Published in Iran in September 1977, this short, seemingly inconsequential interview of a business owner took place well before the Shah of Iran’s exile in January 1979 and the bloody emergence of the Islamic Republic. While not touching on any political or religious aspects of that era, it does offer a fleeting glimpse into a much different society than the heavily repressed one of today.
Under the Shah’s Constitutional Monarchy, it was not mandatory for women to wear the “chador” (the full-length, black veil). They owned their own businesses and were encouraged to hold positions of prominence. In today’s Iran, “a wife cannot leave the home without her husband’s permission,” and “her husband may ban his wife from any technical profession that conflicts with family life or her character.” (link)
Lean owned a beauty shop. She was a short, pleasant Danish woman who was married to an Iranian man. She had placed an advertisement in The American Women’s Club of Tehran (TAWC ) publication for Lean of Copenhagen that reflected the international flavor of Tehran in the late 1970s: “Danish, English, German and Farsi speaking staff.”
In today’s Iran, hair salons for both men and women are routinely closed down if styles are too “western.” Offenders are sometimes jailed.
(To read about my visit to Lean’s home, scroll down after the article.)
The cover to The American Women’s Club of Tehran “booklet” from September 1977. It depicts a “village scene near Tehran by Sumbat Kiureghian.”
“She makes most of her own cosmetics. This intriguing information prompted an interview with the owner of Lean’s Beauty Shop, Saltanatabad, who has some stimulating ideas in the field of natural skin care.
Lean, who hails from Denmark, is blessed with a rich background in this area. Her father at one time owned his own beauty shop and not only took care of hair but skin as well. It was in the 1920s that he bought some recipes from an old Russian-Hungarian immigrant who had been a skilled doctor-chemist. These recipes include not only prescriptions for salves that can heal canker sores and burns, they also enter into the cosmetic field. Yet the recipes are more accurately classified as medical rather than cosmetic — the powders and lipsticks impart color while nourishing the skin as well.
This is in direct contrast to cosmetics sold in the U.S. today. American women have a great need for better skin care, but we have not furthered this cause. We seem to be at our most vulnerable when purchasing cosmetics. Blindly grabbing something off of a shelf, or gullibly believing miraculous promises on bottles, we apply creams and mascaras and lipsticks that, in the long run, do us more harm than good.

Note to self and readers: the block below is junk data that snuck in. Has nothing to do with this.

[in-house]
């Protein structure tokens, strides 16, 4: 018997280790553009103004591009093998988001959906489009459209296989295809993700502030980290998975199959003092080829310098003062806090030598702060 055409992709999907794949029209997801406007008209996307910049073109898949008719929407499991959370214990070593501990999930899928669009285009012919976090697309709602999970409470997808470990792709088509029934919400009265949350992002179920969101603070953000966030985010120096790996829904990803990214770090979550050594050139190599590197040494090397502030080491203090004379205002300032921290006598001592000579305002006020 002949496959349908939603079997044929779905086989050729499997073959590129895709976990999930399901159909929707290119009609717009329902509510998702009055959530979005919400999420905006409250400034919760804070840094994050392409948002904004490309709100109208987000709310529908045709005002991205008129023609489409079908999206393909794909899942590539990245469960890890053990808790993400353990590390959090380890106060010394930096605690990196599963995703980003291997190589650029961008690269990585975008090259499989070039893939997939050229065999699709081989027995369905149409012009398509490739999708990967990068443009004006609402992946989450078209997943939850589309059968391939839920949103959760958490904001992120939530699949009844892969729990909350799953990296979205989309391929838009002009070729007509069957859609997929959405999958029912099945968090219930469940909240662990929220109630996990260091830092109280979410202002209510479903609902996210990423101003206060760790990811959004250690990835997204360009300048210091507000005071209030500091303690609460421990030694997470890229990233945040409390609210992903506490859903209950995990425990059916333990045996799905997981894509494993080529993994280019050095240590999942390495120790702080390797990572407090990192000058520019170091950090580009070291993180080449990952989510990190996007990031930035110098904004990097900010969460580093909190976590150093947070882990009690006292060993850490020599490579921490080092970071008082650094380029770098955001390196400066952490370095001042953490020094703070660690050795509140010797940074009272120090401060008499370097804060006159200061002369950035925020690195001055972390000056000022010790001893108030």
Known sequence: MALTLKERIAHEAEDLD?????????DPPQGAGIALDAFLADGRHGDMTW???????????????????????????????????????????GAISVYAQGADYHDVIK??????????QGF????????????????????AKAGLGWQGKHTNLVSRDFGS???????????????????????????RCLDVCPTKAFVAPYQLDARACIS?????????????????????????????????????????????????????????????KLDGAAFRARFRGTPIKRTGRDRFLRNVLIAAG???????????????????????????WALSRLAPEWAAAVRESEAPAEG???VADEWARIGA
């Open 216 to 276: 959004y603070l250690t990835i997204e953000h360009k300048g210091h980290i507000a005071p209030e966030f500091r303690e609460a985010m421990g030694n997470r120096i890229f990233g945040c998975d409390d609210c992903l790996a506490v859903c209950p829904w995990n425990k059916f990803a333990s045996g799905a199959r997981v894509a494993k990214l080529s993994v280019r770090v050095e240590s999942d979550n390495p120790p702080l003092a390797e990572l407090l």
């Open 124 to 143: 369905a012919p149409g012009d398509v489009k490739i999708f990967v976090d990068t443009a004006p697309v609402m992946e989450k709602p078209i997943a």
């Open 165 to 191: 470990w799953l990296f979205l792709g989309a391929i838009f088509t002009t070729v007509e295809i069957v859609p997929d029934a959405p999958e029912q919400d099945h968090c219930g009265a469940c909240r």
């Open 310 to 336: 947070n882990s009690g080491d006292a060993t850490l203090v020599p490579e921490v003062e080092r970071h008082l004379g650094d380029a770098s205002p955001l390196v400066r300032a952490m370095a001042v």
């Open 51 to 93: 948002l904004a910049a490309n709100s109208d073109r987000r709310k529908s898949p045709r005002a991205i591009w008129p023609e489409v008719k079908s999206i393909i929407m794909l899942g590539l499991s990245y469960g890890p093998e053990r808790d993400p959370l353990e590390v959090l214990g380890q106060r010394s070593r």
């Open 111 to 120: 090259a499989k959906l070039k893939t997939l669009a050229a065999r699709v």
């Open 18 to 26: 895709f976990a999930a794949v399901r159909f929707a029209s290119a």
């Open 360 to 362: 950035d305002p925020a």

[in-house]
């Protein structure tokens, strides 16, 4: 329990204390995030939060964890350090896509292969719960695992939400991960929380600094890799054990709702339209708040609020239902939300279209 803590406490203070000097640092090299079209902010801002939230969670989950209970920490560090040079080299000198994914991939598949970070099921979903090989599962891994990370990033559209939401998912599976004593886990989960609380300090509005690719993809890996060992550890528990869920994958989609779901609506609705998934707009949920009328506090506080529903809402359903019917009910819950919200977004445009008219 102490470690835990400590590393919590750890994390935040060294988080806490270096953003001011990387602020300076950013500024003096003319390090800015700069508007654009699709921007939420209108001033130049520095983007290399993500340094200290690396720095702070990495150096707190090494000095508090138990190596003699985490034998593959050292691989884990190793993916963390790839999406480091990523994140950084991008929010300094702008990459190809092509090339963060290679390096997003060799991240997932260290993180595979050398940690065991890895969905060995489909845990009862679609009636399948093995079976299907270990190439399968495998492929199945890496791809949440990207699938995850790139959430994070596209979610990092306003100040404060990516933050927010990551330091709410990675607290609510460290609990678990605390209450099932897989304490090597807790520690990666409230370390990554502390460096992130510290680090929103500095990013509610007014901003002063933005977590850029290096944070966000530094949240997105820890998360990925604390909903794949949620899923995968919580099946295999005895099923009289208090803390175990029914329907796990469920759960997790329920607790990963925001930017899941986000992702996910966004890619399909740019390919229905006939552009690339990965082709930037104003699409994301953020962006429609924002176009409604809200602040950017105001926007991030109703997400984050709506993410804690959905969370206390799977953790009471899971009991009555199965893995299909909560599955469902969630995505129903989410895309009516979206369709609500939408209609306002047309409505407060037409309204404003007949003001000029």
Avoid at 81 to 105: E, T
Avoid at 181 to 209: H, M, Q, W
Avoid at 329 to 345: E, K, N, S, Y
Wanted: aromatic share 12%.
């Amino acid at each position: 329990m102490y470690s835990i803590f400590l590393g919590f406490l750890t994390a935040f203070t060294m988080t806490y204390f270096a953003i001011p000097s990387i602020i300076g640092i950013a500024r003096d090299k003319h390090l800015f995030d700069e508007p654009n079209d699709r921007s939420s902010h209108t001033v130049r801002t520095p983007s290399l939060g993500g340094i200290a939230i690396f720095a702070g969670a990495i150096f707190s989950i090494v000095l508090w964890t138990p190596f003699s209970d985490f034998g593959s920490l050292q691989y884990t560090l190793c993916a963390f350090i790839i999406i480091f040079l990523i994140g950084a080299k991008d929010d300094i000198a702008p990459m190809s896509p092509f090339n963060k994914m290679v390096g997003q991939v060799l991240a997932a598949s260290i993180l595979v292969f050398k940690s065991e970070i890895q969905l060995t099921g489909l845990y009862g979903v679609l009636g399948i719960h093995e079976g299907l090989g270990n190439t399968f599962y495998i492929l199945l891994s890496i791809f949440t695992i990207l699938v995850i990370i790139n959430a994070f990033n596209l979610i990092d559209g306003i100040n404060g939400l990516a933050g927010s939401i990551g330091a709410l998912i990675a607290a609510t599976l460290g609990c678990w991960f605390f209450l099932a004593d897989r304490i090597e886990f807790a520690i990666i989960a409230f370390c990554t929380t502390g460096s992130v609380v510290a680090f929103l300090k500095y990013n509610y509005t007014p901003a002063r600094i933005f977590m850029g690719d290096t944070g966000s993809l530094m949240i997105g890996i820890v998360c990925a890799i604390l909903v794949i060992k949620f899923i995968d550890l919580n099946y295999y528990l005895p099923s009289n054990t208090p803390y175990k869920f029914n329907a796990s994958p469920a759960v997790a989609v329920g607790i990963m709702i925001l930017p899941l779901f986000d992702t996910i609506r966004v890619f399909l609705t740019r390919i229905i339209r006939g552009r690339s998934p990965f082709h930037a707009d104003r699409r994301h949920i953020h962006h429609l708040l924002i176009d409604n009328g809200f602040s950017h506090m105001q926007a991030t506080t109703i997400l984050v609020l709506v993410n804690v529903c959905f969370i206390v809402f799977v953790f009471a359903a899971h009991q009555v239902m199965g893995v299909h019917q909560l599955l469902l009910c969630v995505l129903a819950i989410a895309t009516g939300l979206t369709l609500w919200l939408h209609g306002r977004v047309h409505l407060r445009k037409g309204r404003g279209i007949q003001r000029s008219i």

Now that we are in an age where women have recognized their strengths, “it’s time we started evaluating our weaknesses.” The field of cosmetics is one of them.
a. Hormone creams can be a boon to aging skin, but only if you are in your fifties and nothing else seems to help. Using these creams at an earlier age is not advisable; they do cause side effects.
b. When using moisturizing cream, apply sparingly. After 20 minutes, blot under the eyes with a tissue. (This area absorbs like a sponge; it swells with the cream, stretching the skin. Over-applying to this area will cause it to sag later.)
Lack of sleep can make your eyes itchy and irritated. Peel a potato, slice it and cover the swollen area. Lay down for 20 minutes. Then moisten cotton with water and pat the area, being careful not to remove all the potato residue.
Do not buy from a store that does not have a large turn-over. Old mascara can cause irritation and itching. This is because the necessary oils have disappeared with time and only the pigmentation is left. Recommended mascaras are by Stendahl and Germaine Monteil, sold at Exir on Pahlavi.
Be sure to watch for future issues of TAWC — two of Lean’s recipes will appear!”
(This interview was published in September 1977 by “The American Women’s Club” under C.E. Chambers’ married surname.)
Visiting Lean one day at her house, she accompanied me to my taxi when it was time to leave. Her blond hair curling softly around her face, she remarked ruefully that the Iranian relative she had introduced me to had been a guest in her home for some months. He had come for a “short visit” and now refused to leave. According to traditional Iranian etiquette, she and her husband were obliged to allow him to stay as long as he liked.
Before I moved back to the U.S. in April 1978, Lean invited me to an outdoor party that was to be held at her home. She mentioned the name of a man related to her husband who was expected to attend. I didn’t know that he was a well-known figure in Iranian politics at the time. Approximately one year later he assumed a major political role under Supreme Leader Ayatollah Khomeini. Living again in the U.S., I was surprised to hear his name featured prominently and almost daily in television news programs. Some time later, he fell seriously out of favor with Khomeini. He, who had been a staunch defender of the Imam and had, in fact, accompanied him on his flight back to Iran from exile in France in February 1979, feared for his own life.
I regret that I didn’t attend Lean’s party. I’ve wondered what impressions Lean’s relative would have made on me. Would I have had any inkling that the well-mannered man sitting next to me, wearing the obligatory dark suit and button-down shirt while eating “kebab” and “chelo,” would one day capture the attention of not just a struggling ancient nation but an entire world?